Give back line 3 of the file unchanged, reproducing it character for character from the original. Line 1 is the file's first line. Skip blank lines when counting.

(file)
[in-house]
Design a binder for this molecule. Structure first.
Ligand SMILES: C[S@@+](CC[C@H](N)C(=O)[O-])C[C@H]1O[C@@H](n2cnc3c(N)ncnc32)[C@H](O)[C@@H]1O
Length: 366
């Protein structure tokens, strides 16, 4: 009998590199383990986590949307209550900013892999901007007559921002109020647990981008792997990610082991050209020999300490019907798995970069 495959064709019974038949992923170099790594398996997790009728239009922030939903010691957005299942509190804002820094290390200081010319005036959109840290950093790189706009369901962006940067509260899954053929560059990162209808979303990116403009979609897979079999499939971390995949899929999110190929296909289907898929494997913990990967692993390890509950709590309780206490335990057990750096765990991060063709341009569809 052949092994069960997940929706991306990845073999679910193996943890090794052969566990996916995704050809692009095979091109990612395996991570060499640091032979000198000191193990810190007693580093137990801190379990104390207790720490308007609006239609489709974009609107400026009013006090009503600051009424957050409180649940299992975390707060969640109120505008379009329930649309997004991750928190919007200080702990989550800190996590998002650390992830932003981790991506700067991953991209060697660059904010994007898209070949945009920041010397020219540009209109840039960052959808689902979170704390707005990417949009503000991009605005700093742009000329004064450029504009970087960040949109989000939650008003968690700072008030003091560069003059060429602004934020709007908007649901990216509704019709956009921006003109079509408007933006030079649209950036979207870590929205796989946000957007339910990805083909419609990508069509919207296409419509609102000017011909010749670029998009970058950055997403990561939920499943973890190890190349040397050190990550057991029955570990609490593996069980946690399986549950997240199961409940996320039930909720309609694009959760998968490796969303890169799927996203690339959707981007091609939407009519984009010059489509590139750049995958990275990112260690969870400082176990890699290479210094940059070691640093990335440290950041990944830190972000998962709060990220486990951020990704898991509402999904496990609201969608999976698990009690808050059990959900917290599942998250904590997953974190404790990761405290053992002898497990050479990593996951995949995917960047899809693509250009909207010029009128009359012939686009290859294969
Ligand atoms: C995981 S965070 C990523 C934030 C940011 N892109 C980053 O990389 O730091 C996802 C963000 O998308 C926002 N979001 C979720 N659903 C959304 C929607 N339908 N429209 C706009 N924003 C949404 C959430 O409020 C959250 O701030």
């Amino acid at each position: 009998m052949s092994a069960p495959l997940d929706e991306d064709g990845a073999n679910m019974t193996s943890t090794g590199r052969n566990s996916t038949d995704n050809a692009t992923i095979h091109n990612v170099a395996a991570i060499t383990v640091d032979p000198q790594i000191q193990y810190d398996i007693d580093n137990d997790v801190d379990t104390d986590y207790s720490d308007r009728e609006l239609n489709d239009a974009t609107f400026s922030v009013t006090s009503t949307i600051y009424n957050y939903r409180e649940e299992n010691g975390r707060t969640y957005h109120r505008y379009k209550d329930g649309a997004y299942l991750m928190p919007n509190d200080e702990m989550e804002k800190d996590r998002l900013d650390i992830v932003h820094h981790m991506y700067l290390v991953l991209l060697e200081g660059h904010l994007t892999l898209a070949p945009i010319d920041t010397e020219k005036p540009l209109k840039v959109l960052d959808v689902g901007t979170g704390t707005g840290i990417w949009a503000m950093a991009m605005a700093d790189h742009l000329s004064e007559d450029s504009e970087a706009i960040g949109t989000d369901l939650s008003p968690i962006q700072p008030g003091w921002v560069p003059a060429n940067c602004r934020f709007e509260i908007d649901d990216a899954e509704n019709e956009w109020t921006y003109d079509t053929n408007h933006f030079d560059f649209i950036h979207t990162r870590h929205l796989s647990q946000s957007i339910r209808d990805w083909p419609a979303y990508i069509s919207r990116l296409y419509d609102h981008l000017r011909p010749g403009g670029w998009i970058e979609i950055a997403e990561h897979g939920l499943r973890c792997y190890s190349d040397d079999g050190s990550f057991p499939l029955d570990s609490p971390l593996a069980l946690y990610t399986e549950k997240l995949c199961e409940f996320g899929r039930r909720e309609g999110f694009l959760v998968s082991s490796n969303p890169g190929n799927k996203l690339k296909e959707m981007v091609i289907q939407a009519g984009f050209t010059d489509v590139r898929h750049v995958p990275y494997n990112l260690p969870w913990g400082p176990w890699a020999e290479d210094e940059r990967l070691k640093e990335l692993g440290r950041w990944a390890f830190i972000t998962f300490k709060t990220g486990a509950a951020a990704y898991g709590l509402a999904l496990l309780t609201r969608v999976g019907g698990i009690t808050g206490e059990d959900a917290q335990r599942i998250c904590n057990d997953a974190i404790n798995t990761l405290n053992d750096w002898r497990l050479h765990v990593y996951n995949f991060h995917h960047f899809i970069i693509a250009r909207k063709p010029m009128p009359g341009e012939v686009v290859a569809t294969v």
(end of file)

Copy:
Ligand SMILES: C[S@@+](CC[C@H](N)C(=O)[O-])C[C@H]1O[C@@H](n2cnc3c(N)ncnc32)[C@H](O)[C@@H]1O